Given a catalog of virtual asteroids
we
propagate all the orbits from the initial epoch *t*_{0} until some
target epoch *t*_{1} and record all the close approaches to the
terrestrial planets within a distance of 0.1 AU and taking place
between *t*_{0} and *t*_{1}. Note that the list of such approaches for
one solution *X*_{i} is in general different from the list for a
different, but nearby one, say
.
This arises from the MTP
stretching
[Milani et al. 1999] which separates the
solutions on the MTP at a given encounter by a distance

For example, if
,
then two consecutive solutions with
are
separated by *d*=0.2 AU on the MTP, thus they cannot both pass within
0.1 AU of the Earth at that encounter. This fact dictates the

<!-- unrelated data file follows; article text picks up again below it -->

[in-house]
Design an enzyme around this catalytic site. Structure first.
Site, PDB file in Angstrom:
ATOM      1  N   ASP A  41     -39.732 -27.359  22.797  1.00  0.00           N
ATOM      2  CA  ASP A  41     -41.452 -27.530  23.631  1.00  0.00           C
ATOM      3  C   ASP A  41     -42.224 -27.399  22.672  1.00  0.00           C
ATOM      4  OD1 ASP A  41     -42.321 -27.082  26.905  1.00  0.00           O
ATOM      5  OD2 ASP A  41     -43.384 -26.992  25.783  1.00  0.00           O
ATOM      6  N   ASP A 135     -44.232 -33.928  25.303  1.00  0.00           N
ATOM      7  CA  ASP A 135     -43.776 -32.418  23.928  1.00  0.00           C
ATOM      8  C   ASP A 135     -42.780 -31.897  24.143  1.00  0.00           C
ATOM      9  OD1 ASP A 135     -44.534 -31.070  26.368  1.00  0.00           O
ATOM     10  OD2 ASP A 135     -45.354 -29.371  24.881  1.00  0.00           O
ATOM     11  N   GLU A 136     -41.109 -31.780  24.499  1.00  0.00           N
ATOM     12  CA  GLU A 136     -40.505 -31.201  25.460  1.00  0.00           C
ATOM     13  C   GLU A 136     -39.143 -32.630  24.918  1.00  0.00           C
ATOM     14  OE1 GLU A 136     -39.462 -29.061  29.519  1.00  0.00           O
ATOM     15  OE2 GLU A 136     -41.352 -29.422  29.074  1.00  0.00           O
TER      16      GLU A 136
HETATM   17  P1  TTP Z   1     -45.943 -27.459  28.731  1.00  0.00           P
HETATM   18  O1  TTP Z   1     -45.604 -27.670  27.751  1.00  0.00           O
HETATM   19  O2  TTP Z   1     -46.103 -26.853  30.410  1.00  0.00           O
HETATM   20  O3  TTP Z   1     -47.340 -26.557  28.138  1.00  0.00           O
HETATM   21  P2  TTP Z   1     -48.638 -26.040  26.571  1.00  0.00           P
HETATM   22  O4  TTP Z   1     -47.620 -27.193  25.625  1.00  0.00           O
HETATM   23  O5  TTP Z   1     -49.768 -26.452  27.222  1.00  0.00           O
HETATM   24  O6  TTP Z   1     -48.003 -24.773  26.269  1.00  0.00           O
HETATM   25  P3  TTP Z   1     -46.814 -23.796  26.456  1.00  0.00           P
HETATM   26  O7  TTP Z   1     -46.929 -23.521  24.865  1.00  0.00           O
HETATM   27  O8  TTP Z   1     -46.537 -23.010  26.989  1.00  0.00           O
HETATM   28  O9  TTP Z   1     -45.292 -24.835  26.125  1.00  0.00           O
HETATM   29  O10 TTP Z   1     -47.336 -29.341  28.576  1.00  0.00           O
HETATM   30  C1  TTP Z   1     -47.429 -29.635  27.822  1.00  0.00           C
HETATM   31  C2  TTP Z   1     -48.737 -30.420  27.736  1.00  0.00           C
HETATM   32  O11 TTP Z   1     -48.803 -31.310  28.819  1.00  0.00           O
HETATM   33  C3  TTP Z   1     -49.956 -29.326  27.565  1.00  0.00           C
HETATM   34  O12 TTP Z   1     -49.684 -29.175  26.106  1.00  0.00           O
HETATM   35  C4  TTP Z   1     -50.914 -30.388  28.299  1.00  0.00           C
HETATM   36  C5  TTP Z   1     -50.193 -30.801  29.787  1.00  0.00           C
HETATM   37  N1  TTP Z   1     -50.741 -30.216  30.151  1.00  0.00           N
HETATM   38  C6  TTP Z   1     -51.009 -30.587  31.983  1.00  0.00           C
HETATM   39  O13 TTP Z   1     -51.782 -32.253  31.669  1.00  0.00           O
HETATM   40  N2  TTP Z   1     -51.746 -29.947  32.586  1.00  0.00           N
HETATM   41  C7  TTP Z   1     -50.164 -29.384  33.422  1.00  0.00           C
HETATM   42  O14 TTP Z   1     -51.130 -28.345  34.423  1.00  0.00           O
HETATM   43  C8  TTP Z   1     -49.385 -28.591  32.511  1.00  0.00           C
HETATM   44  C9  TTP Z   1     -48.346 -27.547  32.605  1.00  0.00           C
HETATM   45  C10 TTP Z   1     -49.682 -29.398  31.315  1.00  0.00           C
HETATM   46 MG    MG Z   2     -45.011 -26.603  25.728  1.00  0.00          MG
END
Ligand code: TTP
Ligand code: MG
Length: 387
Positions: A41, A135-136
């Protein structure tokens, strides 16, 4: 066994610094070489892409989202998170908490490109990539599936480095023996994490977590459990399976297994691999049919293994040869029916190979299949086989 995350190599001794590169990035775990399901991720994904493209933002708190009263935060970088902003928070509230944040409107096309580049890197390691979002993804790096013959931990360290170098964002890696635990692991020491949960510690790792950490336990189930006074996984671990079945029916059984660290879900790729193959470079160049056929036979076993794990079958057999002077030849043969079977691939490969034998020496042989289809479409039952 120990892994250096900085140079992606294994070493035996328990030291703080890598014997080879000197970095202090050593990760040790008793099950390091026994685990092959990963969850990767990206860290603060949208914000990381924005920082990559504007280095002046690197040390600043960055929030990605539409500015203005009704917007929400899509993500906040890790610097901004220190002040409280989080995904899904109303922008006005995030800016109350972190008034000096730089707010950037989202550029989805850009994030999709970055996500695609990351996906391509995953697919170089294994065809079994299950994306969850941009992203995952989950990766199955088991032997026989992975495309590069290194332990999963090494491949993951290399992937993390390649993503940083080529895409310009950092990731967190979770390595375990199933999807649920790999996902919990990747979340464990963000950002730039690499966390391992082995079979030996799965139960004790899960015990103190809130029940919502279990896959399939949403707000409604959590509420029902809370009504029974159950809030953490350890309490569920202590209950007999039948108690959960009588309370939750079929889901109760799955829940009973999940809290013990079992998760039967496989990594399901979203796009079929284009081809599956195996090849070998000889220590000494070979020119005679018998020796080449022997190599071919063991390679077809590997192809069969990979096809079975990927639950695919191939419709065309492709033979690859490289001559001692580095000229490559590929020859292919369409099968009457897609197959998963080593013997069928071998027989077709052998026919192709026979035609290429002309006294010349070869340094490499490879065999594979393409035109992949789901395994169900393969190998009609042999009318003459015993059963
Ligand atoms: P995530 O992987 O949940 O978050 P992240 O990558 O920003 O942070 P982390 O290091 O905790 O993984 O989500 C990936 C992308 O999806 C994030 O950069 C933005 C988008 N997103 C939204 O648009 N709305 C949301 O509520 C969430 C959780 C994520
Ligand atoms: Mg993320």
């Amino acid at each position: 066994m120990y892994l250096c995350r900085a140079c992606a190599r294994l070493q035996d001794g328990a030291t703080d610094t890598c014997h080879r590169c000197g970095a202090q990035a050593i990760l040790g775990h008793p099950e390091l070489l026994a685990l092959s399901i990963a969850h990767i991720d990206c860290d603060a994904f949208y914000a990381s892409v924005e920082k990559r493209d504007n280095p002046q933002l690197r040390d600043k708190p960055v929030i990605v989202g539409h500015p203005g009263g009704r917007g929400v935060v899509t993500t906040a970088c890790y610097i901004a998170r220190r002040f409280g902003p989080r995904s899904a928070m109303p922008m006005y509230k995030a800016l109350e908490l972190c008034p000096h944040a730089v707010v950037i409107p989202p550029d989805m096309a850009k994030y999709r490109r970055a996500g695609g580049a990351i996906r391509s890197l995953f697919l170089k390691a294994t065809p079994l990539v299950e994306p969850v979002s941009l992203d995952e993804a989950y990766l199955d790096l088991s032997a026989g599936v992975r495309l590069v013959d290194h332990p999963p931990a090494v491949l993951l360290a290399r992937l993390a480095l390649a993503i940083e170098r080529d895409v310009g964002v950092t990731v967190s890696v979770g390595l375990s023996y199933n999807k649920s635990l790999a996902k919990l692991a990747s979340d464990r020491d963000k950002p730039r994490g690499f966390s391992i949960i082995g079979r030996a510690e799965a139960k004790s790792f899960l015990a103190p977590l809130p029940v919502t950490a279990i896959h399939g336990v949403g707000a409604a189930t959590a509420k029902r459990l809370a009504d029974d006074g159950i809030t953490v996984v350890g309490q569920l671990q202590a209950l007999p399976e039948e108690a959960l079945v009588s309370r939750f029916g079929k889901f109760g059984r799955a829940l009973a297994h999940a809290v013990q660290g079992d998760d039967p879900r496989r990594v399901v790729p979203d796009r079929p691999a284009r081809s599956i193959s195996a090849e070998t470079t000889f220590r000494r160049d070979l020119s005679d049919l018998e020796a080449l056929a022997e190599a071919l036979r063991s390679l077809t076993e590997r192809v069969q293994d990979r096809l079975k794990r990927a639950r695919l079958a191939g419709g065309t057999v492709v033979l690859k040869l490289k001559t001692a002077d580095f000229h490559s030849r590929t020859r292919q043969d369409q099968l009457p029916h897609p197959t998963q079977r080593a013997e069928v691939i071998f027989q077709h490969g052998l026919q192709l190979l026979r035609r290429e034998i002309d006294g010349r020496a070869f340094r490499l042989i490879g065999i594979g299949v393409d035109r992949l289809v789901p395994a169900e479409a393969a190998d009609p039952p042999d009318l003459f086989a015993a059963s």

resolution limit: a close approach with
may not be found during the propagation if
.

The sequence of close approaches to a given planet, such as the Earth,
for a given solution *X*_{i}, is controlled by the complex interplay of
resonances and orbital changes resulting from close approaches, as in
the case of 1999 AN_{10} discussed in [Milani et al. 1999]. It is
possible *a posteriori* to explain the occurrence of a given close
approach for one solution *X*_{i} as the result of a sequence of
resonant and/or non-resonant returns. However, the cascade of returns
is often so complex that it generates several possibilities of close
approach every year; some of these possibilities have such a large
stretching, hence such small probabilities of occurring, that they are
not worth considering.

For this reason we have adopted a procedure which works the other way round: we use the scan of 1201 orbits to detect close approaches, in this way selecting the returns with a significant probability, then by inspecting the sequence of returns of a given solution we can easily identify the resonance mechanism which has allowed the returns to take place.